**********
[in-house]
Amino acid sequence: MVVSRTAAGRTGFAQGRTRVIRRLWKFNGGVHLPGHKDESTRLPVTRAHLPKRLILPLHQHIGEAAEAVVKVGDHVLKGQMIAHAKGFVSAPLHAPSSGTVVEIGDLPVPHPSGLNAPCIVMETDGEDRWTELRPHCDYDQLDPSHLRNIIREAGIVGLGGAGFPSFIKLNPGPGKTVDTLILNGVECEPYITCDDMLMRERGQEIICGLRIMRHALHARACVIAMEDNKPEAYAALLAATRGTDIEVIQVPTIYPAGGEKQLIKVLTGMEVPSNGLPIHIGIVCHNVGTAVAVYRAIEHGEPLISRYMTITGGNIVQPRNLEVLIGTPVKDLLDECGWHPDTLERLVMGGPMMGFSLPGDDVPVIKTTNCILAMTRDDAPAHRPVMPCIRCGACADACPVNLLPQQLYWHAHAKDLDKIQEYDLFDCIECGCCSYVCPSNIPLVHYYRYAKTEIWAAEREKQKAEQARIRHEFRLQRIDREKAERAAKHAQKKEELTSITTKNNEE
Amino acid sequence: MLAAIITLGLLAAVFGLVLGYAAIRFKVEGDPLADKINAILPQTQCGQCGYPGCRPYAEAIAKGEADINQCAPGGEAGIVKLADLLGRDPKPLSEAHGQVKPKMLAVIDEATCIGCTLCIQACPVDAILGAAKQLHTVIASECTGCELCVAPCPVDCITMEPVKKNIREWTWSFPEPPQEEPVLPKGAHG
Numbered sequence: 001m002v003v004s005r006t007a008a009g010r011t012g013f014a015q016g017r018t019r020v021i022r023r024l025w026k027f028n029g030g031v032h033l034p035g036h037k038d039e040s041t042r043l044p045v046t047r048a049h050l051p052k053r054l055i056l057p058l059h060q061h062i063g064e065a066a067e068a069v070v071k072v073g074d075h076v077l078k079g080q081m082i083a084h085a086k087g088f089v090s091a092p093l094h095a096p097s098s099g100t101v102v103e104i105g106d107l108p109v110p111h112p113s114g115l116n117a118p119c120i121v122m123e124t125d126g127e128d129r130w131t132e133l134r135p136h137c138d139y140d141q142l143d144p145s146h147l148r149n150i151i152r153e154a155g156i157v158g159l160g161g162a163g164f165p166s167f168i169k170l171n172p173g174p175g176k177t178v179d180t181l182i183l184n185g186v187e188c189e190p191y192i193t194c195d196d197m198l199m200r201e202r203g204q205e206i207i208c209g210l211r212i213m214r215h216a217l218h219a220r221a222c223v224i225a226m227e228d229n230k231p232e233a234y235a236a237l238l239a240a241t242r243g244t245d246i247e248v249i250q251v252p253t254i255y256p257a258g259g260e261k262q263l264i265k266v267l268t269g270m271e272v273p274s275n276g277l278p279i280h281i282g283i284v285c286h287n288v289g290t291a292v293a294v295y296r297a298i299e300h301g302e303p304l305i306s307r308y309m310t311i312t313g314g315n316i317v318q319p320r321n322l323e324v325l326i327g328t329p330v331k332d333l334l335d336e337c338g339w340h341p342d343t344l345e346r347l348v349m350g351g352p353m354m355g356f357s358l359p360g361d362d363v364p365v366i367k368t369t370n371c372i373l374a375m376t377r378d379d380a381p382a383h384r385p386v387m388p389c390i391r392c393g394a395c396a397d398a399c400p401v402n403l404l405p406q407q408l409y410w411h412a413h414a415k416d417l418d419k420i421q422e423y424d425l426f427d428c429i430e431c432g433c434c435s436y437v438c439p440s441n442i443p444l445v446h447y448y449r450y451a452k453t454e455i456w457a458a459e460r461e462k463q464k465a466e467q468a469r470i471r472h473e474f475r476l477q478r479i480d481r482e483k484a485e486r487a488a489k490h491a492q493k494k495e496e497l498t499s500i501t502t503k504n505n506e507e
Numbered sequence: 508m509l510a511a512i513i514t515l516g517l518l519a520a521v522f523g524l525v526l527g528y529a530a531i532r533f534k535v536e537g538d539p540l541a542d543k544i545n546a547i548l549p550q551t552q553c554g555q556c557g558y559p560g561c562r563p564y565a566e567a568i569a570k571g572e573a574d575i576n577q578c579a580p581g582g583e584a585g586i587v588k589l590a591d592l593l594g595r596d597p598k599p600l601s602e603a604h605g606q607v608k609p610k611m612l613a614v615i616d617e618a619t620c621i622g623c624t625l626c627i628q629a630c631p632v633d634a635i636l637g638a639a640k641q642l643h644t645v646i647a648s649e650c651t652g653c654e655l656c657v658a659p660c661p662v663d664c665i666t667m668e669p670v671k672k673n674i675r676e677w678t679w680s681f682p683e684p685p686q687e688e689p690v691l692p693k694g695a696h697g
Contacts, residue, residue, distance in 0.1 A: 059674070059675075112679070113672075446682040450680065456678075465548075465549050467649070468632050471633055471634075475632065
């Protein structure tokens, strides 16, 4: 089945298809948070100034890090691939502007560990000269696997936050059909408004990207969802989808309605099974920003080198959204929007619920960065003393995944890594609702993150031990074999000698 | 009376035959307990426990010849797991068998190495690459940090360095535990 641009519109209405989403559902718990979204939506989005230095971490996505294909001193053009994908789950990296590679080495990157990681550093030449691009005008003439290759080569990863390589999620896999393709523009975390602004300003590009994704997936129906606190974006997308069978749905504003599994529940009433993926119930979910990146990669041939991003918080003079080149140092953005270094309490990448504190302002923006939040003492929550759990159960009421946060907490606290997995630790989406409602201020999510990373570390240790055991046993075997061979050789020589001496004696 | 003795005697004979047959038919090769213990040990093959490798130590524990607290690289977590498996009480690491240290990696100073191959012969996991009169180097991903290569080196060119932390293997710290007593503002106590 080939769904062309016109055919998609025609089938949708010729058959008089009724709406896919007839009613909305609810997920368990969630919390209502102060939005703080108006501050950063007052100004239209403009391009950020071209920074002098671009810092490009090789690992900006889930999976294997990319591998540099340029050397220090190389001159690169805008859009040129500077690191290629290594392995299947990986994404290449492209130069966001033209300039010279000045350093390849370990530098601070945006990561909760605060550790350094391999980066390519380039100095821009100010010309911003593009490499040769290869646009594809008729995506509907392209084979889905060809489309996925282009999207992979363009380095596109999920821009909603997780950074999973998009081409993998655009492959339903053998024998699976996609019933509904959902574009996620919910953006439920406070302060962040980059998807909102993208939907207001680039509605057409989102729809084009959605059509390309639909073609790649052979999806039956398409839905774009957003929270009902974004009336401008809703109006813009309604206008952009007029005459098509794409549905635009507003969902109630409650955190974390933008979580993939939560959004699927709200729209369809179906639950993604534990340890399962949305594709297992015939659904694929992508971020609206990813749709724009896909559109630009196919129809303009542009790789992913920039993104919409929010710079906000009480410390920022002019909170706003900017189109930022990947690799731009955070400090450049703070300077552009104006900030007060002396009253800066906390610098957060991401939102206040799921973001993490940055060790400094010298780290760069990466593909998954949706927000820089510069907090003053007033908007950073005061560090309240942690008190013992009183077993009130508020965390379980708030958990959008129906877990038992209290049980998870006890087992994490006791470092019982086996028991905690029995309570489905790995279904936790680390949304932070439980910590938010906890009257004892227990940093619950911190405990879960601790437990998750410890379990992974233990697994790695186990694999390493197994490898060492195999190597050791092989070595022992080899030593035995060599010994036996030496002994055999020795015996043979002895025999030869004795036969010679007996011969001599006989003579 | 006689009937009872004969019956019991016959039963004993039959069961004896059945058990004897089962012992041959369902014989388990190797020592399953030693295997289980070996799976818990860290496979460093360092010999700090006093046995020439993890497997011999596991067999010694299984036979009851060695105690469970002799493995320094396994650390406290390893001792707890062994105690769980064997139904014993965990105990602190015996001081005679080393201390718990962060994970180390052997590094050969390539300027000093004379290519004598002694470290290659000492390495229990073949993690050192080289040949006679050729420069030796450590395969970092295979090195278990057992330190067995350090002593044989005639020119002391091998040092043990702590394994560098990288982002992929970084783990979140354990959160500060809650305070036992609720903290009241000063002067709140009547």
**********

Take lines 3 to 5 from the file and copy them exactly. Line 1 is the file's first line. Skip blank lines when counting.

Amino acid sequence: MLAAIITLGLLAAVFGLVLGYAAIRFKVEGDPLADKINAILPQTQCGQCGYPGCRPYAEAIAKGEADINQCAPGGEAGIVKLADLLGRDPKPLSEAHGQVKPKMLAVIDEATCIGCTLCIQACPVDAILGAAKQLHTVIASECTGCELCVAPCPVDCITMEPVKKNIREWTWSFPEPPQEEPVLPKGAHG
Numbered sequence: 001m002v003v004s005r006t007a008a009g010r011t012g013f014a015q016g017r018t019r020v021i022r023r024l025w026k027f028n029g030g031v032h033l034p035g036h037k038d039e040s041t042r043l044p045v046t047r048a049h050l051p052k053r054l055i056l057p058l059h060q061h062i063g064e065a066a067e068a069v070v071k072v073g074d075h076v077l078k079g080q081m082i083a084h085a086k087g088f089v090s091a092p093l094h095a096p097s098s099g100t101v102v103e104i105g106d107l108p109v110p111h112p113s114g115l116n117a118p119c120i121v122m123e124t125d126g127e128d129r130w131t132e133l134r135p136h137c138d139y140d141q142l143d144p145s146h147l148r149n150i151i152r153e154a155g156i157v158g159l160g161g162a163g164f165p166s167f168i169k170l171n172p173g174p175g176k177t178v179d180t181l182i183l184n185g186v187e188c189e190p191y192i193t194c195d196d197m198l199m200r201e202r203g204q205e206i207i208c209g210l211r212i213m214r215h216a217l218h219a220r221a222c223v224i225a226m227e228d229n230k231p232e233a234y235a236a237l238l239a240a241t242r243g244t245d246i247e248v249i250q251v252p253t254i255y256p257a258g259g260e261k262q263l264i265k266v267l268t269g270m271e272v273p274s275n276g277l278p279i280h281i282g283i284v285c286h287n288v289g290t291a292v293a294v295y296r297a298i299e300h301g302e303p304l305i306s307r308y309m310t311i312t313g314g315n316i317v318q319p320r321n322l323e324v325l326i327g328t329p330v331k332d333l334l335d336e337c338g339w340h341p342d343t344l345e346r347l348v349m350g351g352p353m354m355g356f357s358l359p360g361d362d363v364p365v366i367k368t369t370n371c372i373l374a375m376t377r378d379d380a381p382a383h384r385p386v387m388p389c390i391r392c393g394a395c396a397d398a399c400p401v402n403l404l405p406q407q408l409y410w411h412a413h414a415k416d417l418d419k420i421q422e423y424d425l426f427d428c429i430e431c432g433c434c435s436y437v438c439p440s441n442i443p444l445v446h447y448y449r450y451a452k453t454e455i456w457a458a459e460r461e462k463q464k465a466e467q468a469r470i471r472h473e474f475r476l477q478r479i480d481r482e483k484a485e486r487a488a489k490h491a492q493k494k495e496e497l498t499s500i501t502t503k504n505n506e507e
Numbered sequence: 508m509l510a511a512i513i514t515l516g517l518l519a520a521v522f523g524l525v526l527g528y529a530a531i532r533f534k535v536e537g538d539p540l541a542d543k544i545n546a547i548l549p550q551t552q553c554g555q556c557g558y559p560g561c562r563p564y565a566e567a568i569a570k571g572e573a574d575i576n577q578c579a580p581g582g583e584a585g586i587v588k589l590a591d592l593l594g595r596d597p598k599p600l601s602e603a604h605g606q607v608k609p610k611m612l613a614v615i616d617e618a619t620c621i622g623c624t625l626c627i628q629a630c631p632v633d634a635i636l637g638a639a640k641q642l643h644t645v646i647a648s649e650c651t652g653c654e655l656c657v658a659p660c661p662v663d664c665i666t667m668e669p670v671k672k673n674i675r676e677w678t679w680s681f682p683e684p685p686q687e688e689p690v691l692p693k694g695a696h697g